Olympics 2016: Sulking Leander Paes, silent Bopanna, chairless hockey team; welcome to Rio - Firstpost

Olympics 2016: Sulking Leander Paes, silent Bopanna, chairless hockey team; welcome to Rio

Does Usain Bolt share a room at the Olympics village? Does Michael Phelps, Novak Djokovic, or any of the other stars? Didn't India’s chef de mission, Rakesh Gupta, know that Leander Paes and Rohan Bopanna don't get along, and that they are being forced to play doubles tennis together, as if at gun point? At least get them separate rooms.

Wasn't Leander told about his accommodation arrangements in advance, so that he did not have to fetch up in Rio and then whine about it? Considering his seniority, you would think he at least deserved some privacy.

How many of India's non-playing, no-sporting, non-achieving officials share rooms? See that crushed little worm wriggling in the dust, that's the Olympic spirit.

Leander Paes is facing accomodation issues in Rio Olympics. Representational image. Reuters

Representational image. Reuters

I wouldn't want to share a room with someone I cannot stand, but surely we don't have to go all that way to Rio to morally lose our compass, even before we get on the court. What are they going to do when the duo play together? Instead of the traditional hand punch after each point, which doubles players engage in, the two will kiss the air like those powdered socialites. Puch puch. It makes for such a dismal off-court performance.

And now, we have a bedroom problem. Common sense dictates that Leander and Rohan should have been given separate accommodation, and thereby some breathing space.

On the other hand, if you cannot stay together then don't play together; take the next flight back home because putting things right after the genie has escaped the bottle has vitiated the atmosphere already.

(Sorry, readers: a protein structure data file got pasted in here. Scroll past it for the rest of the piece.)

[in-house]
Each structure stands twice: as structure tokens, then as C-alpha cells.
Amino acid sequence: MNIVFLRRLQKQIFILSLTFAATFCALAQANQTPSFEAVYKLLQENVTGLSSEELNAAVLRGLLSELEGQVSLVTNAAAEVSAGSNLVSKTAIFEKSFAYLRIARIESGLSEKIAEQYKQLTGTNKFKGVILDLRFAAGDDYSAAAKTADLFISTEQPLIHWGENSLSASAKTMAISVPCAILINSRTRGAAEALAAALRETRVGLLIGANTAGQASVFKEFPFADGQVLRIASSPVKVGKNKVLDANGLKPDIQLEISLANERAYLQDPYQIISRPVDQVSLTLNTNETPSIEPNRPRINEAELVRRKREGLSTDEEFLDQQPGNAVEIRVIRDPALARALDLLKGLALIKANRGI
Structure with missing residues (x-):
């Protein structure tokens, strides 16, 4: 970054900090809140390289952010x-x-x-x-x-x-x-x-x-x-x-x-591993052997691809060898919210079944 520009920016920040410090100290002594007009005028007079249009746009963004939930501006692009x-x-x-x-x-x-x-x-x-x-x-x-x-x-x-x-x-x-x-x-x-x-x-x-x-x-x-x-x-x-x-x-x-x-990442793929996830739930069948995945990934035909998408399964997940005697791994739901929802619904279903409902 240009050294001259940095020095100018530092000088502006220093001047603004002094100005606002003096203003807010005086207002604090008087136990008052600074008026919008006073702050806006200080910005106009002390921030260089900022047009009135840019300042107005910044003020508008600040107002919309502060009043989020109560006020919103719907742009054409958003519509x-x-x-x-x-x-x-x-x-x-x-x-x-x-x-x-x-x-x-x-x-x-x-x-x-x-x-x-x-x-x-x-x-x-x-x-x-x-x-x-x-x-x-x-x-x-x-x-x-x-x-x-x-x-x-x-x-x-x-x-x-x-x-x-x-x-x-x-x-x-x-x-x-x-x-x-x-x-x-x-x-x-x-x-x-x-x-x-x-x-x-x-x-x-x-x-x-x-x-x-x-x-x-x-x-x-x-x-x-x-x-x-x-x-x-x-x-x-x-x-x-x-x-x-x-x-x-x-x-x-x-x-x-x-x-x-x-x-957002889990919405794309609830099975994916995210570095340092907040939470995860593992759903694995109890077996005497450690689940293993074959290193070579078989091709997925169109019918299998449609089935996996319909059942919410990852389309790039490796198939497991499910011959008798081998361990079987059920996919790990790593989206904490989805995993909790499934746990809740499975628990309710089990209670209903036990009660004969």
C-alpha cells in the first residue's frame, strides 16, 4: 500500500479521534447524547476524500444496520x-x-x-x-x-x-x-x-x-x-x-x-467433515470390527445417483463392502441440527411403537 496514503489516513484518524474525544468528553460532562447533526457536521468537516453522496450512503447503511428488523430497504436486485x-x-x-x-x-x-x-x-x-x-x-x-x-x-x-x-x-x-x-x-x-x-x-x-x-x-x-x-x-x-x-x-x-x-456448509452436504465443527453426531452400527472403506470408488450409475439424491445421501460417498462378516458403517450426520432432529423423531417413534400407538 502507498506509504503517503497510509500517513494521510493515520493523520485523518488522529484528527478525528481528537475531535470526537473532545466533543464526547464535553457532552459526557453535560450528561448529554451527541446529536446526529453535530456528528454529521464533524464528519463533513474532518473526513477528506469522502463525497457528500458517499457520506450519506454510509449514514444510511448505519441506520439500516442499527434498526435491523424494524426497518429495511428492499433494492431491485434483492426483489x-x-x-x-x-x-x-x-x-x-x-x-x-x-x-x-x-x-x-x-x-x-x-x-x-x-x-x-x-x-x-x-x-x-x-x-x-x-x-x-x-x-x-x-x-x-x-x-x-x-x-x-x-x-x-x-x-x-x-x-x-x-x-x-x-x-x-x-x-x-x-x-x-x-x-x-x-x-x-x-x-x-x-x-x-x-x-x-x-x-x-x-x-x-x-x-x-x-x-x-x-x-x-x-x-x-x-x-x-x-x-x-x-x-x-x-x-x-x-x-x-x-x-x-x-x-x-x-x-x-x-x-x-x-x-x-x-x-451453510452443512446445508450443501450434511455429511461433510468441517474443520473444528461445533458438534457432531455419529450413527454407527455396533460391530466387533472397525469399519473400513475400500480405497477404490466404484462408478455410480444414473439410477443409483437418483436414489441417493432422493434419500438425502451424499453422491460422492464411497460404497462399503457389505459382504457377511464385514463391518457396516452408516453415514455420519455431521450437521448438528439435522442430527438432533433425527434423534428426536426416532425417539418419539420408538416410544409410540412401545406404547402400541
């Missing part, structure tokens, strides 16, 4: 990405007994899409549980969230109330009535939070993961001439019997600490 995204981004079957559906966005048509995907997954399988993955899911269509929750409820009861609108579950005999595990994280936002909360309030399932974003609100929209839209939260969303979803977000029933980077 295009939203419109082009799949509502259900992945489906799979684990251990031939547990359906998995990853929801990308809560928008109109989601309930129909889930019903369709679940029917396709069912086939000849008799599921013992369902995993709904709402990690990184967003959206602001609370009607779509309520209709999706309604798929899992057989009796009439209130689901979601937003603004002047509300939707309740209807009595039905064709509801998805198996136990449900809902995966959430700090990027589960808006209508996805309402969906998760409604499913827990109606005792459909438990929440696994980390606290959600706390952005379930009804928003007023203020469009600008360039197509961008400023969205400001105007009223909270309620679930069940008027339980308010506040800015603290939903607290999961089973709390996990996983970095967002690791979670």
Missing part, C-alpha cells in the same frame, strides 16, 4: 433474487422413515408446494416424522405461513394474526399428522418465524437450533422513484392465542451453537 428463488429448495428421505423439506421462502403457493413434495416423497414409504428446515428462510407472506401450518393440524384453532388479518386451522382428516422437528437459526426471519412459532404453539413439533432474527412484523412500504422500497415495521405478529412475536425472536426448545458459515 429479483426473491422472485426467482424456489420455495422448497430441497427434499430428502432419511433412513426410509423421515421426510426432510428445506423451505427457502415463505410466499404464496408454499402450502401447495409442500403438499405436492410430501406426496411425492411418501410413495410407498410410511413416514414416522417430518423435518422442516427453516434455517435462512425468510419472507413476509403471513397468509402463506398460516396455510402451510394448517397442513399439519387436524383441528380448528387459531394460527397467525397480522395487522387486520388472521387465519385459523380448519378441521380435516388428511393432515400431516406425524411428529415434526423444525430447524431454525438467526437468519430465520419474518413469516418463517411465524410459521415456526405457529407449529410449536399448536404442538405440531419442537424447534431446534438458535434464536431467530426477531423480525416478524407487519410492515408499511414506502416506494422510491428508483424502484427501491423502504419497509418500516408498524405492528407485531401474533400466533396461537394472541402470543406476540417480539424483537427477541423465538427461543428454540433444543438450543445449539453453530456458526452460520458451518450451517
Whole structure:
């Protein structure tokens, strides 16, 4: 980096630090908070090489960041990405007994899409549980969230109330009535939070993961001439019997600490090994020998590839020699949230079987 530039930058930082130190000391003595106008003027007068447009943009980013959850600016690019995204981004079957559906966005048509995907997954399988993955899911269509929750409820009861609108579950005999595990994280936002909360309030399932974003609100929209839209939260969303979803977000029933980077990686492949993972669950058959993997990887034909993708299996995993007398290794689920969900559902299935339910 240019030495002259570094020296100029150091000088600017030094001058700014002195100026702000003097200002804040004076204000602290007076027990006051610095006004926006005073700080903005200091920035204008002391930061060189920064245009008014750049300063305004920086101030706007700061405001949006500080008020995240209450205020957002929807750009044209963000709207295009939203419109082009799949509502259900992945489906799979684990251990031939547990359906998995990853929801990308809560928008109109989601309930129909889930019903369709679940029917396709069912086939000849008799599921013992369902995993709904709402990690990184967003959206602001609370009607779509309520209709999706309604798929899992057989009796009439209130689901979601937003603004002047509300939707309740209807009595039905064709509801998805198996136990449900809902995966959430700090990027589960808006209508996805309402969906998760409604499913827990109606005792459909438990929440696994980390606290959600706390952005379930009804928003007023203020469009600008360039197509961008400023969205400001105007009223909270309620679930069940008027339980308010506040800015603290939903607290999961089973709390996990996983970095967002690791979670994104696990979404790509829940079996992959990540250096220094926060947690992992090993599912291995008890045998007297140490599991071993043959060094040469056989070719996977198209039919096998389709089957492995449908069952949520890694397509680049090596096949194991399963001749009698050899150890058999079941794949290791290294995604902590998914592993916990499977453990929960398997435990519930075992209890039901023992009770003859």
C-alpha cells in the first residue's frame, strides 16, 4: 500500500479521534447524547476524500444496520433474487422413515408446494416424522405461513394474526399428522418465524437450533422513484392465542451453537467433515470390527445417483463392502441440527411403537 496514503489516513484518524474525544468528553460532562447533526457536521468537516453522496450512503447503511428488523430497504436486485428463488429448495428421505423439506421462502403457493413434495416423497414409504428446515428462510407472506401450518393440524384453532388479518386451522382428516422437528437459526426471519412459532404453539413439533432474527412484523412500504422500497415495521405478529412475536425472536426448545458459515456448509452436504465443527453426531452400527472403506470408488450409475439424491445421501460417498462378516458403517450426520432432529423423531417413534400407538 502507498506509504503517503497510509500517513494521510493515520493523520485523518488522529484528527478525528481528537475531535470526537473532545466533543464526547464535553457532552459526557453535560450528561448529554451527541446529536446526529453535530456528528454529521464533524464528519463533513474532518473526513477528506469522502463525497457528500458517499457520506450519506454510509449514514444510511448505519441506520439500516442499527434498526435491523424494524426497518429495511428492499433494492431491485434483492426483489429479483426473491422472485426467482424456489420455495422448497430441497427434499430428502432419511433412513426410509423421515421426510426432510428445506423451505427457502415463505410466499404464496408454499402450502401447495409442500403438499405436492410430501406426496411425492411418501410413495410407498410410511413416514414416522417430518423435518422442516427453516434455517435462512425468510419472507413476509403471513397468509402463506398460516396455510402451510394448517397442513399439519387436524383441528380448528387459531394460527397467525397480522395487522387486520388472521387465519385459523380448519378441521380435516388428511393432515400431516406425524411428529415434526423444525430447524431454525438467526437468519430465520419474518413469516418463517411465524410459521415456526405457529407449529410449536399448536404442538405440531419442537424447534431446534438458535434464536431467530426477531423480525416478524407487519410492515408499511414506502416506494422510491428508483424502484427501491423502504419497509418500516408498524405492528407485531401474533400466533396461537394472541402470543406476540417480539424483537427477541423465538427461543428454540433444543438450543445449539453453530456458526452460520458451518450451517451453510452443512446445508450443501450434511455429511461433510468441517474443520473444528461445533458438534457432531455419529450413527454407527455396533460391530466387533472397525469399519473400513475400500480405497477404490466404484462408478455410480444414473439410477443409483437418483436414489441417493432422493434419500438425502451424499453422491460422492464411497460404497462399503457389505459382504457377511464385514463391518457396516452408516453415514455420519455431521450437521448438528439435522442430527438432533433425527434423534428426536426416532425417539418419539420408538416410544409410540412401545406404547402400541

You can make a case for or against Leander, but the officials should have had the foresight to figure it out.

And to make matters worse, the Indian hockey team has no furniture, so they are sleeping on bean bags; and there is no table, no chair, no TV. Empty rooms. What were our rosette wearing officials doing? Don't we have representation that goes to the venue earlier and ensures that things are fine?

The Rio Olympics have become a hotspot indeed, one that the world is expecting to cool down. It's rather like the opening night of a play. There is utter chaos and then things just fall into place and the curtain goes up and everyone knows their lines and the show goes on. Or so we hope. Though it has been an uphill battle all the way till now.

Indeed, there have been several unusual issues — not least of them is the Zika problem, and the fact that it is a disease that even the common mosquito can carry. Close on that fear was the contaminated water in the pools and facilities for the water sports. Unfinished rooms and facilities in the Games Village have also teed off some of the teams.

Rio is trying to put its best foot forward, and despite its political crisis — the impeachment of President Dilma Rousseff — adding to the murky mix, odds are that the spectacle will be memorable for all the good things. The only good reason, then, to stay up late and lose sleep is to witness a good start.

The one factor that could detract from the "fun" city, and the carnival atmosphere which Rio is famous for, is the street gangs and the crime. We can only hope that the authorities have ensured the safety of the visitors and put the gangs on notice. Already, a Chinese athlete has been robbed, and they have flown in their own cops from China to guard their team members.

On this canvas, the general financial recession is not helping either, and the difference between success and failure in the next fortnight will depend on how well the organisation has been handled, and how all contingencies have been planned for.

If the weather turns foul, the fear of infrastructure grinding to a halt is also pretty worrying; but history has shown that most extravaganzas have such opening night jitters, and the enthusiasm of the people and the presence of the athletes usually carries the day.

And that is indeed the big hurdle. Rio’s population is less than excited about these games, and if the people do not show up things could become a bit dull.

For the sake of the five-coloured rings and the grandeur of the Olympics, here is wishing Rio the best of luck.

Now if only we can overcome the bedroom farce. Tennis, anyone?

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